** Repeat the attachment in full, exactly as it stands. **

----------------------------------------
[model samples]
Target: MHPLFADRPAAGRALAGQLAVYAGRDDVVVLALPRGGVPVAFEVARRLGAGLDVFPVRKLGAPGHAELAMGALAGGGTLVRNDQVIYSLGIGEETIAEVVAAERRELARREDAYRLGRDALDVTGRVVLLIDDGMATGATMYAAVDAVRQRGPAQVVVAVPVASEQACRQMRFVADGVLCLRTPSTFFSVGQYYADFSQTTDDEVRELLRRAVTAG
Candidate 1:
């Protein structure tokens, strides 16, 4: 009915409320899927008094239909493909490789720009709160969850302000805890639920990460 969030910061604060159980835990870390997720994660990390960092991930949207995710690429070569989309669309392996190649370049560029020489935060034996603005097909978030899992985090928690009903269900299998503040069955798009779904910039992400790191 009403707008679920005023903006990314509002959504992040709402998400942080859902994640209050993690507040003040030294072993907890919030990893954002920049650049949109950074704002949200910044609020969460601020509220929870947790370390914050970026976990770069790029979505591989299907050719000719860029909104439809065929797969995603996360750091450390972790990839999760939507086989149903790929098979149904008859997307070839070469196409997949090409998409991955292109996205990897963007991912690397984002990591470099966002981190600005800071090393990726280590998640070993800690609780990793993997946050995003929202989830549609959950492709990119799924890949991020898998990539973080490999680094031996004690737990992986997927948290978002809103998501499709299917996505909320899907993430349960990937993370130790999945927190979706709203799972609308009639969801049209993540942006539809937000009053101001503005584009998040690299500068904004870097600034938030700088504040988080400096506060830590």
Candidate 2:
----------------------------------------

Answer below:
[model samples]
Target: MHPLFADRPAAGRALAGQLAVYAGRDDVVVLALPRGGVPVAFEVARRLGAGLDVFPVRKLGAPGHAELAMGALAGGGTLVRNDQVIYSLGIGEETIAEVVAAERRELARREDAYRLGRDALDVTGRVVLLIDDGMATGATMYAAVDAVRQRGPAQVVVAVPVASEQACRQMRFVADGVLCLRTPSTFFSVGQYYADFSQTTDDEVRELLRRAVTAG
Candidate 1:
């Protein structure tokens, strides 16, 4: 009915409320899927008094239909493909490789720009709160969850302000805890639920990460 969030910061604060159980835990870390997720994660990390960092991930949207995710690429070569989309669309392996190649370049560029020489935060034996603005097909978030899992985090928690009903269900299998503040069955798009779904910039992400790191 009403707008679920005023903006990314509002959504992040709402998400942080859902994640209050993690507040003040030294072993907890919030990893954002920049650049949109950074704002949200910044609020969460601020509220929870947790370390914050970026976990770069790029979505591989299907050719000719860029909104439809065929797969995603996360750091450390972790990839999760939507086989149903790929098979149904008859997307070839070469196409997949090409998409991955292109996205990897963007991912690397984002990591470099966002981190600005800071090393990726280590998640070993800690609780990793993997946050995003929202989830549609959950492709990119799924890949991020898998990539973080490999680094031996004690737990992986997927948290978002809103998501499709299917996505909320899907993430349960990937993370130790999945927190979706709203799972609308009639969801049209993540942006539809937000009053101001503005584009998040690299500068904004870097600034938030700088504040988080400096506060830590």
Candidate 2: